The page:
While previous Canadian studies have examined microbiological water quality in First Nations, there is little published information on inorganic contaminants. In Atlantic Canada, the lead, manganese, and arsenic content of First Nations’ drinking water has been measured for more than a decade, but the data have not been analyzed comprehensively. These contaminants are linked with health problems, and high levels in drinking water are cause for concern. We examined 12 years of data from 47 First Nation community water systems to identify systems experiencing difficulties meeting sampling frequency or regulatory guidelines. While most contaminant concentrations were below guideline values, we identified elevated concentrations and issues with sampling frequency. No system met both sampling frequency requirements – a minimum of one sample per year per analyte – and regulatory guidelines. Exceedance rates for lead, manganese, and arsenic were high in some systems. Moreover, current sampling procedures for lead specify that taps be flushed prior to sampling, which is known to underestimate lead exposure. We find that a switch to random daytime sampling would at least sometimes yield higher estimates of lead at the tap. Our analysis demonstrates the need for increased monitoring and updated sampling procedures to better characterize inorganic contaminant occurrence in First Nations.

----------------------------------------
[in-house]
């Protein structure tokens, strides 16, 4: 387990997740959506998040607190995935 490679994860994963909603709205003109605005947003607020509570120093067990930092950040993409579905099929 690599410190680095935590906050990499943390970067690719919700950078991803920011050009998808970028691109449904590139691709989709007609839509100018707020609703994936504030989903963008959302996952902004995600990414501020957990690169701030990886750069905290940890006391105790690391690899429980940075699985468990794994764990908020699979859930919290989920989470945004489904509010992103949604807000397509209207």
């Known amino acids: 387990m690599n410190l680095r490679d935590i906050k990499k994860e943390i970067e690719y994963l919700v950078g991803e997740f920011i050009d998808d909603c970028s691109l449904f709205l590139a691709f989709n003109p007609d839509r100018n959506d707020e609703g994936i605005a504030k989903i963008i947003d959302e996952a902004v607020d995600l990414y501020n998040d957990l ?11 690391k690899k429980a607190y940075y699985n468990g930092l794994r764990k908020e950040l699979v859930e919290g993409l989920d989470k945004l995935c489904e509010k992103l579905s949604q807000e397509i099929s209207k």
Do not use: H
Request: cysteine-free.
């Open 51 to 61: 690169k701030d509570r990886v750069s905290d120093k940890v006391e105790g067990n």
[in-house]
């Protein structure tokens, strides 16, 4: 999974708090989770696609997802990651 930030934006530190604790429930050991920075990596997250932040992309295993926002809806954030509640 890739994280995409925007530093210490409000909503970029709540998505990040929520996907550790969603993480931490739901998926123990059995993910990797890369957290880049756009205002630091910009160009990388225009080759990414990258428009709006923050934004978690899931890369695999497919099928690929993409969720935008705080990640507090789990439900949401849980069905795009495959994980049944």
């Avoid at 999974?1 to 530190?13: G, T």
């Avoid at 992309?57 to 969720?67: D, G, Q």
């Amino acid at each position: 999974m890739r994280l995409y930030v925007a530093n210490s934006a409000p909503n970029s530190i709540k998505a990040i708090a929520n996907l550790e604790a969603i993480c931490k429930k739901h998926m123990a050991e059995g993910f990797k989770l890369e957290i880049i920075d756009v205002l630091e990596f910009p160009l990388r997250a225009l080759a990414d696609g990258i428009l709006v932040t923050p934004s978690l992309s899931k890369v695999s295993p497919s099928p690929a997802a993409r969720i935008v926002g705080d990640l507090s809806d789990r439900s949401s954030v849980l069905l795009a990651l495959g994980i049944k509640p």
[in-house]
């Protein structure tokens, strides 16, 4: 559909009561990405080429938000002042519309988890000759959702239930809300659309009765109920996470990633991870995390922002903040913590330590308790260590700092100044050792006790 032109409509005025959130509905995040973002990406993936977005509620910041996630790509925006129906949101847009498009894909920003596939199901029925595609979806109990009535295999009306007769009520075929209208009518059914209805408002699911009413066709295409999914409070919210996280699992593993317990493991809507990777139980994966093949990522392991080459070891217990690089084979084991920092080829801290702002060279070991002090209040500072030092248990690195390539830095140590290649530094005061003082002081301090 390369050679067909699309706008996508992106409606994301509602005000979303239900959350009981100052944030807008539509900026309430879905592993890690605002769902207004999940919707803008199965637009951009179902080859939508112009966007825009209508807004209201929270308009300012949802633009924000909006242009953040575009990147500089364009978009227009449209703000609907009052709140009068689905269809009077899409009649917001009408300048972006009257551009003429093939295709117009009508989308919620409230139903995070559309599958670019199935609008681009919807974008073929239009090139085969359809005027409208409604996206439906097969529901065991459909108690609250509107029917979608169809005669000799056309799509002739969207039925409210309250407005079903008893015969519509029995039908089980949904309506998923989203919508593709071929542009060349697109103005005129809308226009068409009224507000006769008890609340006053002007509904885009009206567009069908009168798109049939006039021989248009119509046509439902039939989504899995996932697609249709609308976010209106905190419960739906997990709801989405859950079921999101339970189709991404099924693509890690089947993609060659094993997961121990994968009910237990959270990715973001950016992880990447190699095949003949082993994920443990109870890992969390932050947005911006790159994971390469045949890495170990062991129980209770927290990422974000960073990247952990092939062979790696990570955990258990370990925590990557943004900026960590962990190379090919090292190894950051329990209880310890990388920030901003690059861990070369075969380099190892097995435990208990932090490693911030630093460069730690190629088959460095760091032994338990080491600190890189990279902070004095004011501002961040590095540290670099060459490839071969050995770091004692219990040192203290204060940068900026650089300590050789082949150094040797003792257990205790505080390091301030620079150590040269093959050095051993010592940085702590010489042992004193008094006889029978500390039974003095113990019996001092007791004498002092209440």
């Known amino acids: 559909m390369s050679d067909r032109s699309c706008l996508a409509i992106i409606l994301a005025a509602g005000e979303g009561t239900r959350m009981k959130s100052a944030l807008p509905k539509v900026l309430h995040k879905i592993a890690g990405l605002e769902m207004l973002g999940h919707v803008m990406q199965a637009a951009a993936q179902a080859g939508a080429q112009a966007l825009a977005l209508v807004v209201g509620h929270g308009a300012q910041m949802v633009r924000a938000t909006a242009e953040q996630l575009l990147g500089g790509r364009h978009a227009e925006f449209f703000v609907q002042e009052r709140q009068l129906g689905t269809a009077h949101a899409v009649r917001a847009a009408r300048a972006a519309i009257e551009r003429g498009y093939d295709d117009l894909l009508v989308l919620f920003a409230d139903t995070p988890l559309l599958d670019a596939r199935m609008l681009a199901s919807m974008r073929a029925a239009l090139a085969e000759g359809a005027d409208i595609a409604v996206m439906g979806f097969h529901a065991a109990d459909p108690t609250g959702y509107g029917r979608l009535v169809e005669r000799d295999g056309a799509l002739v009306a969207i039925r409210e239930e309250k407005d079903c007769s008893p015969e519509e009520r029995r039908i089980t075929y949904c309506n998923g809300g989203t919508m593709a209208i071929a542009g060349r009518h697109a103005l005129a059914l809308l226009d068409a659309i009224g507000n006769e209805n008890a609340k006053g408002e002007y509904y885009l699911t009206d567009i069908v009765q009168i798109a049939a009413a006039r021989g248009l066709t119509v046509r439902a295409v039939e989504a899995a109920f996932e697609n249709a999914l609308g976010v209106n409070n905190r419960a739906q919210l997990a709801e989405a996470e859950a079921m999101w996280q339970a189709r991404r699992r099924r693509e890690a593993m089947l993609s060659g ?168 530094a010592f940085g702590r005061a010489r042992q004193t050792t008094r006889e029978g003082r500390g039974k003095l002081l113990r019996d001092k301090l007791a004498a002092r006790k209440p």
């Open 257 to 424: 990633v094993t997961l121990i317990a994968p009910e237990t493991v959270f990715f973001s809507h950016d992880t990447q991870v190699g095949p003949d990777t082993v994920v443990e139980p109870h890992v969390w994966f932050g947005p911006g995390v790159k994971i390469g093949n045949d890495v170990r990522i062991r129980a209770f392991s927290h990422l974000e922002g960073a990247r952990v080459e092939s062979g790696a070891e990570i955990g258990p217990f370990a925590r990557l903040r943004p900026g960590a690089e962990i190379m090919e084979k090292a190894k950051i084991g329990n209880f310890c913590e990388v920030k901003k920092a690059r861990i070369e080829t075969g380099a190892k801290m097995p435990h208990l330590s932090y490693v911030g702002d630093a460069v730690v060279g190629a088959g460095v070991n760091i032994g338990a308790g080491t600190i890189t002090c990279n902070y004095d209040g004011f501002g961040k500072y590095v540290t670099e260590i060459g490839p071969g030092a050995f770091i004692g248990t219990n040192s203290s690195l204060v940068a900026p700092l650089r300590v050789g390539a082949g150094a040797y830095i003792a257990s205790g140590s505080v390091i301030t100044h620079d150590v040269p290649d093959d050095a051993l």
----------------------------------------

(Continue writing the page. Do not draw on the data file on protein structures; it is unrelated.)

Most samples in most communities were below maximum concentration limits.
We identified elevated Pb, As, and Mn in some communities.
Sampling frequency was lower than expected in many communities.
The fully flushed sampling protocol likely underestimated Pb concentrations.
These authors contributed equally.